As vice president and regional director, Lydia Potocnik leads the Trust and Estate Services team in Ontario for BMO Trust Company, which provides individuals, families, and businesses with valuable estate, trust, and incapacity services. She believes it is important for everyone to have an estate plan in place and for women, there are times when it needs to be made a priority.

 

By Lydia Potocnik

 


 

Women find themselves in a different situation today than they did fifty years ago — a time when it was assumed that women couldn’t and shouldn’t be in charge of financial decisions. Now, women are not only empowered and capable, their personal wealth is also growing. They are in a strong position to be making decisions around estate planning on their own if they are single, or collaboratively with their spouse as an equal partner.

So why do so many women avoid the estate planning conversation?

My experience points to a few reasons. Far too often, clients wait until they have a health crisis, which is not ideal for a process that requires well thought out decisions and time to do it right. Many feel that it is a topic related to death, which they find difficult to have to deal with, or they erroneously believe that estate planning is not necessary for them. Contrary to popular misconception, you don’t need to own a big house or have millions of dollars in an investment account to warrant putting an estate plan in place. It also doesn’t matter what age you are, your marital status, or if you have kids. For all women, estate planning is just as important as financial planning. And in some cases, it needs to be made a priority:

 

If you’re married.

While it’s unpleasant to think about your spouse passing on, it’s a reality that you may one day have to face (thanks to female longevity, this is especially true if you have a husband). It is critical for women to be involved in the estate planning process, to ensure you agree upon how assets will be distributed after your partner’s death, and that your own well being as a widow is secure. This also means you will have the last word on what ultimately happens to your shared  assets. Deciding how to divide things up amongst family members or philanthropic causes should not be a last-minute process.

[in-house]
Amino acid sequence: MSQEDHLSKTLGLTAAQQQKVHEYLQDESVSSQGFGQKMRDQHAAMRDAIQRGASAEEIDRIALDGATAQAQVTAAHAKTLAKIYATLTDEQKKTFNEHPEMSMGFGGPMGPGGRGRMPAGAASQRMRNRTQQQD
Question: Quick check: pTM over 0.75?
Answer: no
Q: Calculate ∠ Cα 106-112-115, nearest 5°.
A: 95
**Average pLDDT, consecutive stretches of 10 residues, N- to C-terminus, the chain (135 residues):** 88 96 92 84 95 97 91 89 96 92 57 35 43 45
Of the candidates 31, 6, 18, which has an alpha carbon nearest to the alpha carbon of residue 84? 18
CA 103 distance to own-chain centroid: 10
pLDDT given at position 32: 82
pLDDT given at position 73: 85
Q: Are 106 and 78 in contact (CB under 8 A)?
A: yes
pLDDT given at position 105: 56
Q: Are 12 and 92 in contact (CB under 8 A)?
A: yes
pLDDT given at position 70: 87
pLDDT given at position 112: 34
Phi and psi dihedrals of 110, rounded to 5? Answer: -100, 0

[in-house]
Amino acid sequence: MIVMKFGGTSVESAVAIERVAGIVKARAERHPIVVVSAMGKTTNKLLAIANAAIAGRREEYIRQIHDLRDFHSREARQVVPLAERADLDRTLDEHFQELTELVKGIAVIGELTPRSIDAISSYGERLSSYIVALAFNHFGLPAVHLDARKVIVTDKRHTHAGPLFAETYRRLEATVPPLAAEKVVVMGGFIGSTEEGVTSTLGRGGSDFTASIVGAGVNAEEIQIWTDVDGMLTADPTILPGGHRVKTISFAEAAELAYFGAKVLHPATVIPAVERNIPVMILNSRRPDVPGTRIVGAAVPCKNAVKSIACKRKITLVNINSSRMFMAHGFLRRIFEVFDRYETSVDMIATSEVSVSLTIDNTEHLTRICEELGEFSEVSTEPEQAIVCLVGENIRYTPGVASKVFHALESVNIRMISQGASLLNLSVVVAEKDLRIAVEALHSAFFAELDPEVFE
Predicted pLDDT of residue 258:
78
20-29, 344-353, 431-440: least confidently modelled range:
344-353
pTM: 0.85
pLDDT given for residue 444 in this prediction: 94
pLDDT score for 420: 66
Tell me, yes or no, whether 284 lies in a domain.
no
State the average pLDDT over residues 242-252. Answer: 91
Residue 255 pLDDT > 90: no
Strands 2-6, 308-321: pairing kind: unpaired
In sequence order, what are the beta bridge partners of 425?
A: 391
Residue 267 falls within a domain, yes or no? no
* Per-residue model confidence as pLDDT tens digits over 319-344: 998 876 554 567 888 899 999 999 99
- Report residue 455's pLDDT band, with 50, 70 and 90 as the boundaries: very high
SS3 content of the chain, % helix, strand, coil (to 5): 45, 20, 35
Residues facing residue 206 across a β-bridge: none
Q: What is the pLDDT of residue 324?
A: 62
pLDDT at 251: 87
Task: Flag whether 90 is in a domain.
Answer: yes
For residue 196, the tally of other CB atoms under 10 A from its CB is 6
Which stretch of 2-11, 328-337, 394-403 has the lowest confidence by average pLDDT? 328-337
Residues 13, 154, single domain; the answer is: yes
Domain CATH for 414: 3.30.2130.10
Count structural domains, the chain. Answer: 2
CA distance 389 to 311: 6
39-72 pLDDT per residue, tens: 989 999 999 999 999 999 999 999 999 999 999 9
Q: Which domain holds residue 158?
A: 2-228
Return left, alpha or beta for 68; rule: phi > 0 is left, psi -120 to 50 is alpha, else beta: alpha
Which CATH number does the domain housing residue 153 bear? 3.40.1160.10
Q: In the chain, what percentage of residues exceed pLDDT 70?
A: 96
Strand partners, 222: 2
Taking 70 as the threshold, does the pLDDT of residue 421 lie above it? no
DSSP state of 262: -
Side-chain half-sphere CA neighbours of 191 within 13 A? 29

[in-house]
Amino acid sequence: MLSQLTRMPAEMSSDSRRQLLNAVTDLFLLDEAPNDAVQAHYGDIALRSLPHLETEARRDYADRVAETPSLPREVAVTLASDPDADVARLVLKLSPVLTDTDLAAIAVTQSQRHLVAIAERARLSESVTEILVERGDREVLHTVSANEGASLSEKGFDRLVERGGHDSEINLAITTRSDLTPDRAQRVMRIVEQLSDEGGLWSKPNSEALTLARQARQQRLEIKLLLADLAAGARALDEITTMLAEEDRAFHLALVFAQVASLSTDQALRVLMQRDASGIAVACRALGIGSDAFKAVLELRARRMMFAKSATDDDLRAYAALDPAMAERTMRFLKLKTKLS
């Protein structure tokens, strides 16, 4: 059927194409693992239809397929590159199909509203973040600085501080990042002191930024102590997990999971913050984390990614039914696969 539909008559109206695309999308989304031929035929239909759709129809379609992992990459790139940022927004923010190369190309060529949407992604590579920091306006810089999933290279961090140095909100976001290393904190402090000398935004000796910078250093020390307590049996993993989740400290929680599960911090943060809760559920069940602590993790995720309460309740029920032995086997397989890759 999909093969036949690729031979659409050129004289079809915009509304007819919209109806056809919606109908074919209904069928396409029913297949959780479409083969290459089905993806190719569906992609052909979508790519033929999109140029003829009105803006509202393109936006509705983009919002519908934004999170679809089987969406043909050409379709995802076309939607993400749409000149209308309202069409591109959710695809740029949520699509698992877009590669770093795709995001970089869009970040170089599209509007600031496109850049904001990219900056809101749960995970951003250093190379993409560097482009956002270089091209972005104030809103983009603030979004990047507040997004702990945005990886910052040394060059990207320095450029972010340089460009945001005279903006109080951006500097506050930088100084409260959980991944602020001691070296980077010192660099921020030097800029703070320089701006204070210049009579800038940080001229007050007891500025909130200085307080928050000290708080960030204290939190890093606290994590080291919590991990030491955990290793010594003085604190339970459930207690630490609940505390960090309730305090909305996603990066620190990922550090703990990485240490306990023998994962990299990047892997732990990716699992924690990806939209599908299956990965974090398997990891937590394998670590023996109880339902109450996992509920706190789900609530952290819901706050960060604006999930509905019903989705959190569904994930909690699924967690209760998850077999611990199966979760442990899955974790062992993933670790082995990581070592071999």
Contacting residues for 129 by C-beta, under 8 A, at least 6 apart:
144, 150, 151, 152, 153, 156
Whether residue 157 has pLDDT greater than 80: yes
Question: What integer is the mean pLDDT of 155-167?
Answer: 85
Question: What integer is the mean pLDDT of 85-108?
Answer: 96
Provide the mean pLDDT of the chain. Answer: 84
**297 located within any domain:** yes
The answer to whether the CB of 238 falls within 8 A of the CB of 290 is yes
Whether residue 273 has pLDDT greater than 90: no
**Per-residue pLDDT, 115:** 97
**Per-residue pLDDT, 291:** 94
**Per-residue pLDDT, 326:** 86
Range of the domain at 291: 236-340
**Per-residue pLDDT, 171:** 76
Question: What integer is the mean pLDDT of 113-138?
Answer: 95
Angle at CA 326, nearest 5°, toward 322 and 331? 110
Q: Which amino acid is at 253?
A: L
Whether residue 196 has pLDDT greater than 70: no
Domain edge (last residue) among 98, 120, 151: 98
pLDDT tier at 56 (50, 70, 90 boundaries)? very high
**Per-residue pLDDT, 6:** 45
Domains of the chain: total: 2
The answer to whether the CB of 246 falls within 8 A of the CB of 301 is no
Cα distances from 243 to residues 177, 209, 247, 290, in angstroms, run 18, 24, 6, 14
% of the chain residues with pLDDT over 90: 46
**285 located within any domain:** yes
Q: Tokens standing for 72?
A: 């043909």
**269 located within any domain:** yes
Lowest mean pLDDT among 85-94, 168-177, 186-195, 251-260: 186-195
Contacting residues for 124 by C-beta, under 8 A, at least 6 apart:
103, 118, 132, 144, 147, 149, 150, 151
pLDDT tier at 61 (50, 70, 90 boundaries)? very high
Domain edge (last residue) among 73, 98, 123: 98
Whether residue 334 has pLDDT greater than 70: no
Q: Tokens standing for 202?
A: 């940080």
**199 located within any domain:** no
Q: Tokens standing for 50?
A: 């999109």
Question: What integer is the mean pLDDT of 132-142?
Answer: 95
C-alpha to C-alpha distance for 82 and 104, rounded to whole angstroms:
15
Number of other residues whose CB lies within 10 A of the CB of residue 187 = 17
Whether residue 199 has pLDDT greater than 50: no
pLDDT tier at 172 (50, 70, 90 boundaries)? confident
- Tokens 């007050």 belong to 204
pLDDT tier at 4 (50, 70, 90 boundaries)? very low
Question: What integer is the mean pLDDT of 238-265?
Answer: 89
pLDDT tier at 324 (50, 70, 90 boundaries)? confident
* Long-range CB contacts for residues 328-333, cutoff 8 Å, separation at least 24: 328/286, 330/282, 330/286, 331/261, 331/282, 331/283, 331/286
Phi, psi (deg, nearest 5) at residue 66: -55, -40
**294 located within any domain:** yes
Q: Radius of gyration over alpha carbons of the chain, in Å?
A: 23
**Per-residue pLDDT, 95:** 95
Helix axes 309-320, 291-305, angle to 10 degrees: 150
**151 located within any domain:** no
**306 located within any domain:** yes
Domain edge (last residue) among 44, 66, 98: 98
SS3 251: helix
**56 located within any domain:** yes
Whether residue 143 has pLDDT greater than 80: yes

If you own a business.

The number of female entrepreneurs is growing in Canada. In fact, self-employment among men has remained relatively flat since 2009, while it has been increasing among women. If you are part of this new wave of entrepreneurs, you not only need to consider protecting your assets, but you also need to plan for the succession of your business should you die or have a health crisis.

 

If you have custody of your kids.

In the event of a divorce, a lot of women become custodial parents with either primary control or shared custody of their young children. If you have kids under the age of 18, you’ll want to make sure that they are not only financially taken care of, but also that you have appointed a guardian in your will to look after them.

 

If you have a blended family.

Blended families that include children from a previous marriage have become more commonplace, and this can mean special estate planning considerations need to be taken into account. What a woman will often want to do is provide for her second spouse, but she may also want her wealth to ultimately end up in the hands of her kids from her first marriage. A spousal trust, in that scenario, is one planning solution to consider.

 

If you’ve experienced a major life change.

Even if you already have an estate plan in place, major life changes — such as the birth of a child, the acquisition or sale of a business, or the death of a beneficiary — means your estate plan needs work. And if nothing eventful has happened, you should still be revisiting your estate plan every three to five years, to account for things like changes in tax laws.

 

If you already recognize the importance of estate planning, you might be wondering how to get started. There are many individuals offering estate planning services, but it has become such a niche area of expertise that I encourage you to only sit down with someone who has strong experience in the field.

When working with BMO Trust Company clients, I ask that they come to their first meeting armed with a list of everything they own, as well as how they want to divide it up. Beyond that, the estate planning lawyer should be able to offer guidance, ensuring you are making decisions around critical issues, and focusing on four components: your will, which is the cornerstone of the estate plan; power of attorney documents, both for property and personal care; setting up trusts, as needed; and reviewing beneficiary designations on investment vehicles, such as RRSPs, Tax-Free Savings Accounts, and life insurance policies.

Communicating your estate plan to your executor and your beneficiaries is also critical when it comes to estate planning. Women often are concerned about preserving family relationships and ensuring that their children or beneficiaries get along after their death. As such, discussing your wishes and sharing with your family what your ultimate estate plan looks like is a good idea.

Whether it be to your children or your favourite charity, transitioning your wealth comes down to your ultimate wishes. Documenting those wishes in an estate plan is critical, no matter who you are and what you own, so don’t put off this important exercise until it’s too late.

 

 

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